Perioperative aspirin may improve outcomes after noncardiac surgery in patients with prior PCI

Patients taking aspirin had a significantly lower risk of myocardial infarction, leading editorialists to conclude that benefits would exceed risks for those with a prior percutaneous coronary intervention (PCI) except in procedures with very high bleeding risk.

Compared to placebo, perioperative aspirin during noncardiac surgery may improve 30-day outcomes in patients with prior percutaneous coronary intervention (PCI), a recent study found.

Researchers conducted a post hoc subgroup analysis of 470 patients with prior PCI who were enrolled in POISE-2, a previous multicenter factorial trial that randomized 10,010 patients having noncardiac surgery to receive aspirin and clonidine, placebo and clonidine, aspirin and placebo, or placebo for both drugs. The subgroup analysis compared 30-day events among patients with previous PCI who received either aspirin or placebo (200 mg within four hours before surgery).

Participants in the PCI subgroup were ages 45 years and older and were recruited from 82 centers in 21 countries. The 30-day primary outcome was a composite of death or nonfatal myocardial infarction (MI). Results were published online on Nov. 13 by Annals of Internal Medicine.

Of the 470 patients with prior PCI, 234 received aspirin and 236 received placebo. Fewer patients experienced the primary outcome with aspirin than placebo (14 patients [6.0%] vs. 27 patients [11.5%]; absolute risk reduction, 5.5% [95% CI, 0.4% to 10.5%]; hazard ratio, 0.50 [95% CI, 0.26 to 0.95]). In trial participants without prior PCI, the primary outcome did not significantly differ between those who received aspirin and those who received placebo.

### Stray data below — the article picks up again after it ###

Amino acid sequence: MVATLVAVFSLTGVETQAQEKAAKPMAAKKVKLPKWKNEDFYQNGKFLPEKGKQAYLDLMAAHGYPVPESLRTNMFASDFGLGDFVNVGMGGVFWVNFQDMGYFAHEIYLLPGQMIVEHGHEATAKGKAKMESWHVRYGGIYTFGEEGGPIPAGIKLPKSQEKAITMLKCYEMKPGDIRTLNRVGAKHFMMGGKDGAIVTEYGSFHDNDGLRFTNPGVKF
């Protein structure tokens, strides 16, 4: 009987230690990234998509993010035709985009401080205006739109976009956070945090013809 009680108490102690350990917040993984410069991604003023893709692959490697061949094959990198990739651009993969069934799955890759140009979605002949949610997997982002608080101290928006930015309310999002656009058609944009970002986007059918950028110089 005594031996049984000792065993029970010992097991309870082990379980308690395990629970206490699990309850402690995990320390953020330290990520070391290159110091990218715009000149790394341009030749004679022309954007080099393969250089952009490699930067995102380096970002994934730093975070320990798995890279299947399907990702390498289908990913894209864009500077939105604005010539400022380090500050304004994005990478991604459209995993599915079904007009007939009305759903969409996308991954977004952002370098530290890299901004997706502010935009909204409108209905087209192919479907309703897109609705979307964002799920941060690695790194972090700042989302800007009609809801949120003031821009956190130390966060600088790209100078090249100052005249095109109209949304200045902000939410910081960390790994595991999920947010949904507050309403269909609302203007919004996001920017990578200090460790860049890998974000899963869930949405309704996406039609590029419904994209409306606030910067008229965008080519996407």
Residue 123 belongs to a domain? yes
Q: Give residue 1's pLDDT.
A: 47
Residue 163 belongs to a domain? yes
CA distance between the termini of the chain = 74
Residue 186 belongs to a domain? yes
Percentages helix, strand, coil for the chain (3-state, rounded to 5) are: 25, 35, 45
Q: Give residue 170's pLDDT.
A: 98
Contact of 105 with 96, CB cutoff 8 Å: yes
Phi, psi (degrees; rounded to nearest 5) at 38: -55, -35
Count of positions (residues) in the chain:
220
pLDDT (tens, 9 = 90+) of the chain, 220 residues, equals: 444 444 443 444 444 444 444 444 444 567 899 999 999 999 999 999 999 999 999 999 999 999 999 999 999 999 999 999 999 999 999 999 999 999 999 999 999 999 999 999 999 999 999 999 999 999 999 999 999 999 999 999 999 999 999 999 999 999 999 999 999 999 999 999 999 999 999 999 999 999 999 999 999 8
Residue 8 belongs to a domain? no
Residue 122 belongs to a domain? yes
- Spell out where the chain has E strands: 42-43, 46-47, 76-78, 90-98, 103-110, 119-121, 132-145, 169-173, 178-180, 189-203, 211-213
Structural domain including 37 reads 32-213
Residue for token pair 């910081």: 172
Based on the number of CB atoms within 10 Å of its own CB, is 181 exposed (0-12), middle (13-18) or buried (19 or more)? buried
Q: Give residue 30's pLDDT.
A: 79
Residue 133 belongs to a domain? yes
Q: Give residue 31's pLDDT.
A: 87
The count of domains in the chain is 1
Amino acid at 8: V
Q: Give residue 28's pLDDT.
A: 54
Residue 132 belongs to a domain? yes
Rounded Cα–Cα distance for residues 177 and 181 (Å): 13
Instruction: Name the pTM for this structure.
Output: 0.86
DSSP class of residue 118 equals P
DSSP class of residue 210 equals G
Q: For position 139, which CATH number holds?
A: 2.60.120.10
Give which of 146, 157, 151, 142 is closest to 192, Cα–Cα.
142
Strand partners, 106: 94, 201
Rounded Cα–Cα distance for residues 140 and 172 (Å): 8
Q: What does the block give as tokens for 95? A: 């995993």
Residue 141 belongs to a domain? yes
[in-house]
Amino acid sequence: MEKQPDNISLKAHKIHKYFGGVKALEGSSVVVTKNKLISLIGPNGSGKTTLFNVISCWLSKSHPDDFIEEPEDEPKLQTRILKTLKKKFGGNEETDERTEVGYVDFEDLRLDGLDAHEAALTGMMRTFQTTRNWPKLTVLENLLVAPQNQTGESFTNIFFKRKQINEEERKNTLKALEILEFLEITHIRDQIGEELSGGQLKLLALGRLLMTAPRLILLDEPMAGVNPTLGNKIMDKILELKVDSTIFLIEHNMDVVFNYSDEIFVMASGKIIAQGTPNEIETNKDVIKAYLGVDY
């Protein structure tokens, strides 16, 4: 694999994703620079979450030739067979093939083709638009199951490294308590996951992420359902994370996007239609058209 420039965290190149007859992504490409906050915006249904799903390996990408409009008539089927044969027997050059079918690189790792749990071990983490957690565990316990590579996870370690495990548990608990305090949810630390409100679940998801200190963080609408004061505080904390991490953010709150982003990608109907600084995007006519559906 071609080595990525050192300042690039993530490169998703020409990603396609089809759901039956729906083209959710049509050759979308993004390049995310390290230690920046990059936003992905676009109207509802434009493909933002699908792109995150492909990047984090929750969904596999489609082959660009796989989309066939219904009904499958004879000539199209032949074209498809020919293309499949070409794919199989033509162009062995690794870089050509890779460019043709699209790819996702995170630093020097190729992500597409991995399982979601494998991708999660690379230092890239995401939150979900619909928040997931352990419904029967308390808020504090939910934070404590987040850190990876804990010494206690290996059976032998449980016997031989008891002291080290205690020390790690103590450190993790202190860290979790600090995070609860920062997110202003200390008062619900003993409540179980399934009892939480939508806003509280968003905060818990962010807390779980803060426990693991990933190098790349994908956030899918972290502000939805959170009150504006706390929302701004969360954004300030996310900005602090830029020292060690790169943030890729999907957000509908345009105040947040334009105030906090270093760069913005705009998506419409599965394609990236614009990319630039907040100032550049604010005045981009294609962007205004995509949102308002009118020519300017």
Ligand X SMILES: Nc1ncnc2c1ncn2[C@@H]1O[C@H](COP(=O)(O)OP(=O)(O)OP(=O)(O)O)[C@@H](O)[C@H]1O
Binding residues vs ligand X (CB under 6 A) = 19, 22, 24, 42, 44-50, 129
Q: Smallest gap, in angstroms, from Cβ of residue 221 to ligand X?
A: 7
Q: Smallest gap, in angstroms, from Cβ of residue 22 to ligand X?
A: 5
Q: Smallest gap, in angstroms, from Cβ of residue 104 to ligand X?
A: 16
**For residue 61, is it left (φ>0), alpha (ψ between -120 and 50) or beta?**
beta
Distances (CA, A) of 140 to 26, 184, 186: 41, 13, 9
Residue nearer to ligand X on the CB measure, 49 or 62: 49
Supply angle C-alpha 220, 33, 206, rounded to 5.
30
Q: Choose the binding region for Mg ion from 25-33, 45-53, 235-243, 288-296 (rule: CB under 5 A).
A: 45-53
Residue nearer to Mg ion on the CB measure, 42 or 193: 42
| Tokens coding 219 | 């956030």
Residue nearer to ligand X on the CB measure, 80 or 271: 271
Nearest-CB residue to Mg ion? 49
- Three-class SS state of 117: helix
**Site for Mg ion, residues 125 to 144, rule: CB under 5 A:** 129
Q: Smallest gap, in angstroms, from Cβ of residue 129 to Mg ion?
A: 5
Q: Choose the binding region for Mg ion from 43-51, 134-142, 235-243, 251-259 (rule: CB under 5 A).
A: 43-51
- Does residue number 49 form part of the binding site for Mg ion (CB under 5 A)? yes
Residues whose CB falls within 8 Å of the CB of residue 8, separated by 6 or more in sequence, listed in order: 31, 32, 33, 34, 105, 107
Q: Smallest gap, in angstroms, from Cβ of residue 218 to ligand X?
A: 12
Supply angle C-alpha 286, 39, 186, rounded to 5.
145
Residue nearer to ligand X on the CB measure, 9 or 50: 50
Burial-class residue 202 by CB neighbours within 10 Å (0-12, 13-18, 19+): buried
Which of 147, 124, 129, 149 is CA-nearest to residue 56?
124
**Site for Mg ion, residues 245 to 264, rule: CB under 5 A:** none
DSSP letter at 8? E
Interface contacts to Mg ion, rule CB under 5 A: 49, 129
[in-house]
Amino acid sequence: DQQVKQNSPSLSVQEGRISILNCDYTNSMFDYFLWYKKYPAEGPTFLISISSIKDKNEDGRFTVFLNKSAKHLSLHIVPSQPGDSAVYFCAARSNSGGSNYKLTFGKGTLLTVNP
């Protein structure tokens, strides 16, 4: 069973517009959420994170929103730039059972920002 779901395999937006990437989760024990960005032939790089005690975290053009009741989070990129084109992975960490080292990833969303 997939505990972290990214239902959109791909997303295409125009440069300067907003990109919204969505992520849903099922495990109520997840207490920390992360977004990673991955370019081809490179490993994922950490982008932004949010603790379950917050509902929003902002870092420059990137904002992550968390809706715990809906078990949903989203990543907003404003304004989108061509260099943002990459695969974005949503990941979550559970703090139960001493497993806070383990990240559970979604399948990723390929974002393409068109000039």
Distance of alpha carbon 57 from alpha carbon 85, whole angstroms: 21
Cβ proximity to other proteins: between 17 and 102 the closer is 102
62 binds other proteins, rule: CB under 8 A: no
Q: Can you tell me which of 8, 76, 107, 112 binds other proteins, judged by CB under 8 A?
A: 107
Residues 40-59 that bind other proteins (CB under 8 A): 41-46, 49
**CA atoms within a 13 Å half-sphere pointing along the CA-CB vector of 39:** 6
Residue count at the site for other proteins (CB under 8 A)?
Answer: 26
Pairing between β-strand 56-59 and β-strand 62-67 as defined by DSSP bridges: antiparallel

The beneficial effect of aspirin in the PCI cohort was driven by a reduction in MI incidence compared to placebo (12 patients [5.1%] vs. 26 patients [11.0%]; absolute risk reduction, 5.9% [95% CI, 1.0% to 10.8%]; hazard ratio, 0.44 [95% CI, 0.22 to 0.87]; P=0.021 for interaction).

In terms of major and life-threatening bleeding, a composite secondary outcome, the estimated risk in patients with prior PCI was uncertain (absolute risk increase, 1.3% [95% CI, −2.6% to 5.2%]; hazard ratio, 5.08 [95% CI, 0.59 to 43.56]). In the overall trial population, aspirin increased the risk of major bleeding compared to placebo (230 patients [4.6%] vs. 189 patients [3.8%]; absolute risk increase, 0.8% [95% CI, 0.1% to 1.6%]; hazard ratio, 1.22 [95% CI, 1.01 to 1.48]). There was no significant interaction for major bleeding in the prior-PCI versus no-prior-PCI subgroups.

The authors noted limitations to the subanalysis, such as the small number of events that occurred in the cohort of patients with prior PCI and resulting imprecision in the effect estimates. In addition, patients with recent stent implantation were excluded, and no formal threshold was set for cardiac biomarkers, which could have affected adjudication and incidence of MI, an accompanying editorial noted.

“On the basis of this study's findings, 17 patients with prior PCI (95% CI, 9 to 100 patients) would need to be treated with aspirin to prevent 1 myocardial infarction during the perioperative period,” the editorialists wrote. “If we consider the 22% higher relative risk for major or life-threatening bleeding events associated with aspirin, only surgical procedures with a very high baseline bleeding risk (≥26%) would neutralize aspirin's ischemic benefit.”